June 6th, 1944: the largest fleet in history landed Eisenhower's Allied army on the beaches of Normandy against Erwin Rommel's Nazi German defenses. Almost seventy years on from D Day, the story of the greatest armada seen in world history is still not widely known. It has been celebrated in only two major books, both titled Operation Neptune; the first was published just after the war in 1946, the second in 1974, although reprinted in a new edition in 2008. Both were full of details, but lacked visual appeal. With the forthcoming anniversary of D Day in 2014, the time is right for the story to be told again in the style of the Campaign series.Operation Neptune was the greatest naval operation ever undertaken, especially if looked at from the number of ships employed in the venture - over 7,000. This incredible enterprise is now completely overshadowed by the lan combat aspects of the invasion. When people think of D Day, they think primarily of troops storming the beaches and fighting their way inland. How these troops got to the beaches; how the seaward flanks of German defences were bombarded by accurate gunfire; how the fighting men were reinforced; how their casualties were evacuated back to England and how the later divisions were organised, transported and disembarked seems not to have been part of the public narrative of the invasion. It is now time that the work of planners, shipbuilders, logistic experts, and the men of the Royal and US Navies, and their allies, was shown to a modern audience.The planners of Operation Neptune were charged with returning Allied forces in strength to mainland Europe. Whilst the land aspects of the operation were left to the generals, the admirals had to ponder how the troops and their equipment could be transferred safely from quiet harbours in Britain on to a very hostile shore. The task required of them was immense. They had to find enough suitable mutually supporting beaches and assemble sufficient shipping to transport troops across the Channel. They also had to organise protection for the ships on passage and the bombardment of enemy defences covering the landing places. Landing craft had to prepared and crews trained to deliver the troops on time, in place and in correct order, then to introduce follow-up troops to a tight timetable and evacuate the wounded. Even more ships had to be found to re-supply those troops ashore. Then, when the assault phase was over, the US and Royal navies had to continue to support the enlargement of the lodgement with large calibre guns whilst their engineers built new artificial harbours and performed a host of other unspecified objects too numerous to mention. Operation Neptune was absolutely immense in its scope.In addition to the naval aspects of the operation other great feats of engineering were also undertaken. Artificial harbours, a 60 mile fuel pipe line under the ocean, artificial breakwaters and other engineering marvels made D-Day a supportable reality.The story of Operation Neptune was, of course, more than just a tale of planning, building and logistics. It had action a-plenty and the emotive tales of bravery, ingenuity and determination by the crews of the ships involved brought credit to the naval traditions of the Allied nations. Battleships, cruisers and destroyers bombarded enemy positions; midget submarines pointed the way to the beaches; minesweepers worked secretly by night to clear lanes; landing craft of all sizes braved enemy fire and mines to deposit their loads on the beaches and naval beach parties endured shellfire and machine guns to bring order to the beaches. Royal Navy commandos and US naval engineers dealt with beach obstacles against rising tides in the face of withering enemy fire.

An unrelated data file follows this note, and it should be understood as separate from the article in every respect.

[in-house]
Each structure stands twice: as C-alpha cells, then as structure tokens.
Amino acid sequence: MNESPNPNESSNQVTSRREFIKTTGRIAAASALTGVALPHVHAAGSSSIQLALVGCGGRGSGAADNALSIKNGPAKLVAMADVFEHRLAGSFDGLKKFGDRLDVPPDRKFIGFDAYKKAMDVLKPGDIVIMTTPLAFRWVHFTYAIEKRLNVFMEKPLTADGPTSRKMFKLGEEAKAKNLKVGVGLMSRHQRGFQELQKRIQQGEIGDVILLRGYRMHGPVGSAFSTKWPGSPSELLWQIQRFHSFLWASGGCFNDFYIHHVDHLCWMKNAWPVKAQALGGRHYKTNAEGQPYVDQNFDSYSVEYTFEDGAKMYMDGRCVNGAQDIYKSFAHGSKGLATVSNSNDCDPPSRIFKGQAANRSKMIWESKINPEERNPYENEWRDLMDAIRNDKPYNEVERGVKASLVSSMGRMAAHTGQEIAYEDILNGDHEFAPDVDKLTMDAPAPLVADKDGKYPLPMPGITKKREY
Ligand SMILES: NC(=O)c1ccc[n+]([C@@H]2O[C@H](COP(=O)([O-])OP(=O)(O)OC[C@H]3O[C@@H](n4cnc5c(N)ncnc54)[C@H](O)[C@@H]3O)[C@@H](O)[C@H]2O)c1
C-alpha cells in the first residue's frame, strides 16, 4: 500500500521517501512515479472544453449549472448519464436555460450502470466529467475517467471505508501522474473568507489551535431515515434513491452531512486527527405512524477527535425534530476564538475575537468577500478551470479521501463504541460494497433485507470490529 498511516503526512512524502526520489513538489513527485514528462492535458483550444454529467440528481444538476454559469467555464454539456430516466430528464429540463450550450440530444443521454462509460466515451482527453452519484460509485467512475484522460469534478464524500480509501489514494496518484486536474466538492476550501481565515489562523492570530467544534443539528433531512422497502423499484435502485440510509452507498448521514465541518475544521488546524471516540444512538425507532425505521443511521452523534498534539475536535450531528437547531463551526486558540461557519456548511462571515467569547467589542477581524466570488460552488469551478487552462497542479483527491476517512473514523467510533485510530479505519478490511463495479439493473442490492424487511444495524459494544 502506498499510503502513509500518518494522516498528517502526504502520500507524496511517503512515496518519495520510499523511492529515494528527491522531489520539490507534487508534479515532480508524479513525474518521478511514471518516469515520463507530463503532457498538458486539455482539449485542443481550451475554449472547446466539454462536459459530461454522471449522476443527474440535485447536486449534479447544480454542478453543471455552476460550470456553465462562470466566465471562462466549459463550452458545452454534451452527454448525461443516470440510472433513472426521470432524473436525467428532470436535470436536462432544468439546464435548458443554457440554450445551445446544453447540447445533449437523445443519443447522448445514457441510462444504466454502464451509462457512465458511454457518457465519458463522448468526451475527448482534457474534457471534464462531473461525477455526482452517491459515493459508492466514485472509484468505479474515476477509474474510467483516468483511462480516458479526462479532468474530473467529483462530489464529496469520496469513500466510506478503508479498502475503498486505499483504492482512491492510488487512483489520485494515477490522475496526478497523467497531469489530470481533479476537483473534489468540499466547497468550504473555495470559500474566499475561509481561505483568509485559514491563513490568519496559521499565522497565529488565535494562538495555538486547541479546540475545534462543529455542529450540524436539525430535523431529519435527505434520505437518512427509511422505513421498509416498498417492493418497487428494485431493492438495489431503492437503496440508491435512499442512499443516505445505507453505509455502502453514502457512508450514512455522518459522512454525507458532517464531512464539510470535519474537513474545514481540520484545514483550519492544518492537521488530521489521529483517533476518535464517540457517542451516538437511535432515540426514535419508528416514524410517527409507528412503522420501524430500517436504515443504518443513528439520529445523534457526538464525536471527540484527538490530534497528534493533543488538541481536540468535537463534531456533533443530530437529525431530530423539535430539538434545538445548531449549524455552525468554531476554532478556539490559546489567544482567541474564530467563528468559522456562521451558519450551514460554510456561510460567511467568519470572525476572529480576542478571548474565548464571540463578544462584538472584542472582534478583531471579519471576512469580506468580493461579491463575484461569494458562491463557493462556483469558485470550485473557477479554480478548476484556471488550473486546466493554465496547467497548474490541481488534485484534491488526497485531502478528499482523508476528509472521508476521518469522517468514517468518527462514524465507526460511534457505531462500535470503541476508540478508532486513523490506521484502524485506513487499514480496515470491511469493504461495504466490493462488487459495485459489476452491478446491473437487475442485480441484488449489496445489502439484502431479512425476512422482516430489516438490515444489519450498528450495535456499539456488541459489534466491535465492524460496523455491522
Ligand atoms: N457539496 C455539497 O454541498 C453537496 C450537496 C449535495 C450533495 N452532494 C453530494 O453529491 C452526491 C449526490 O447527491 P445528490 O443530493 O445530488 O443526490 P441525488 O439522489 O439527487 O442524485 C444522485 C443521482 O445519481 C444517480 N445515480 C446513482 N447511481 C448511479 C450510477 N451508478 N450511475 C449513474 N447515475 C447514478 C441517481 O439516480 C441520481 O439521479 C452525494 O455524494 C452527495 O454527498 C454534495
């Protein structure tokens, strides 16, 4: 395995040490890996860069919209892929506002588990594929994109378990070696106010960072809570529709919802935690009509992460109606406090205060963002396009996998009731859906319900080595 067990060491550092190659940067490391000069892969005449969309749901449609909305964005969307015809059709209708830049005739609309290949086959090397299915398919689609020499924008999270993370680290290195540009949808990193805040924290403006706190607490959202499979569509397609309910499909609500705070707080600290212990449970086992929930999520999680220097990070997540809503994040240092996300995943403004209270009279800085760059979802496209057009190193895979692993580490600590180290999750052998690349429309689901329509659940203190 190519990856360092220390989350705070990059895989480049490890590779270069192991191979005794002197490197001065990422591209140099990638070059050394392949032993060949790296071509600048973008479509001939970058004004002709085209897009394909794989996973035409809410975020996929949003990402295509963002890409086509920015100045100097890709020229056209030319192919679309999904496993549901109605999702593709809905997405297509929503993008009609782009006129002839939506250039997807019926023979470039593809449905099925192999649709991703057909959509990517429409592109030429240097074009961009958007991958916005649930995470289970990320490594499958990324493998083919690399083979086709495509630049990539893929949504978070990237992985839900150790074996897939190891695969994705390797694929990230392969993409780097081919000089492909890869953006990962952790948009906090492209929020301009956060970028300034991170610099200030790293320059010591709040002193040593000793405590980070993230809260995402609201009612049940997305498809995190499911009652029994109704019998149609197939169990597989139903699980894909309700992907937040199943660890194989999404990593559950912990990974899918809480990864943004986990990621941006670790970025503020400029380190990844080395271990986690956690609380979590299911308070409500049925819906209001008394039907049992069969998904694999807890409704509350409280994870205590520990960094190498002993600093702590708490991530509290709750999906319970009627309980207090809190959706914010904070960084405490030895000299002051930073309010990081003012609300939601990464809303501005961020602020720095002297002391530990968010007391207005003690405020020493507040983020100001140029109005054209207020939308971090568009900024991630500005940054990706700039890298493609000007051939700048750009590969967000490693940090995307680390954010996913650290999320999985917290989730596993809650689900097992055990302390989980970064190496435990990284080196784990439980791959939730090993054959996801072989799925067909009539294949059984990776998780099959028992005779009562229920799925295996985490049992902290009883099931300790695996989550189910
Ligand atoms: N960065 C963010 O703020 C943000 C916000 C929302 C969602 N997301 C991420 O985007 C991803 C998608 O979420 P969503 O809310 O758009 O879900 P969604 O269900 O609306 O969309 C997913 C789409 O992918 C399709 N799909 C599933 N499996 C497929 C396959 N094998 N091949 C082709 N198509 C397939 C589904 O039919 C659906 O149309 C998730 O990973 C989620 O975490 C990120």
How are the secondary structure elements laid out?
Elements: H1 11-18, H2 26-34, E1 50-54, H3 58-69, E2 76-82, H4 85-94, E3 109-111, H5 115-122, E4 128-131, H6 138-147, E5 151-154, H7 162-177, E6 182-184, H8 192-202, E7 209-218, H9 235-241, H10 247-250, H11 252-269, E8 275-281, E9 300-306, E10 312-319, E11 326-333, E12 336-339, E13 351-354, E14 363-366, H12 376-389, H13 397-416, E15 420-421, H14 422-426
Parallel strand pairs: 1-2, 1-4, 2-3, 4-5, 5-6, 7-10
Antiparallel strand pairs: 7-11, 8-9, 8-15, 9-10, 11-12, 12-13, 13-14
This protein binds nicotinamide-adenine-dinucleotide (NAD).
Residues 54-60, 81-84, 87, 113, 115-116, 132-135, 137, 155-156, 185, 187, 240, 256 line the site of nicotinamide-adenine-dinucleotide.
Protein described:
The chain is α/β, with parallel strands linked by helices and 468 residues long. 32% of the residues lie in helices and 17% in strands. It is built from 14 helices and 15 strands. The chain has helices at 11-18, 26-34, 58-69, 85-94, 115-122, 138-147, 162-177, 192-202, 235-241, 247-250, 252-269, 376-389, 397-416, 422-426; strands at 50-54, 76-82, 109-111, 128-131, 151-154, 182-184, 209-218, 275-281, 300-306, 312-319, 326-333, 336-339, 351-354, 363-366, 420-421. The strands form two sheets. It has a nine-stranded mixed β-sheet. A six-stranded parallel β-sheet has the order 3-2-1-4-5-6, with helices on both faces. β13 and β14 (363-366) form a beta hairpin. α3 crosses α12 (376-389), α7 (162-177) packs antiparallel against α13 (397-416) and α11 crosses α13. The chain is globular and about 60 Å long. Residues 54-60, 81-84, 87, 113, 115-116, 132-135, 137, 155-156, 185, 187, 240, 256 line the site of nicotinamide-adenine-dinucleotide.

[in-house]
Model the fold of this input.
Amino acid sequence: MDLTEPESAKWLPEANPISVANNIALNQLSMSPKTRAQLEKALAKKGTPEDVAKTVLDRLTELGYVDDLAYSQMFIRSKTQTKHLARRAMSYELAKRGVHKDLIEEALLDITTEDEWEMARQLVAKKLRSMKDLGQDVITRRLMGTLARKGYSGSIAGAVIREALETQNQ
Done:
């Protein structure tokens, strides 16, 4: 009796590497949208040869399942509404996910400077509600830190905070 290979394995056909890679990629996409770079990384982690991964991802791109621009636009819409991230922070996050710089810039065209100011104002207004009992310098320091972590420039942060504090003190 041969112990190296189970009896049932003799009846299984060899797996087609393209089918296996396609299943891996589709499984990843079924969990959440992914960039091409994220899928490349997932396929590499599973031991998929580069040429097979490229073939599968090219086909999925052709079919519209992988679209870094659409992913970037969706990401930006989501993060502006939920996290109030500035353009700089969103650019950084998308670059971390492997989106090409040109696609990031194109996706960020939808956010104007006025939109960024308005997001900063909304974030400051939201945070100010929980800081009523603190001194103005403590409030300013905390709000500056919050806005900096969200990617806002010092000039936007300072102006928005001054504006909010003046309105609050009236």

British Commandos attempted to assassinate Rommel, the Desert Fox, in a daring special forces raid in North Africa during World War II.On the night of 13 November 1941 two British submarines surfaced off the Libyan coast 250 miles behind German lines. It was dark and stormy, and the 28 commandos on board Torbay had great difficulty climbing into their rubber dinghies and paddling towards the shore. Disaster struck the second submarine, Talisman, when a giant wave swept eleven commandos waiting on deck overboard. At dawn on the morning of 13 November the depleted raiding party was finally ashore, cold, wet and exhausted, but determined nonetheless to press on with their audacious mission - the assassination of General Erwin Rommel, commander of the German forces in North Africa. The raid made headlines round the free world. It was a shining example of British pluck and daring, proclaimed the papers, and to prove the point, Keyes was awarded a posthumous Victoria Cross. Yet in truth the raid had been a glorious failure, a mission bedevilled by bad planning and poor intelligence. Yet crucial lessons were learned by subsequent special forces' operations, particularly by the SAS who carried out their first mission on the same night as the raid on Rommel's HQ. By the end of World War II the British special forces were the best in the world.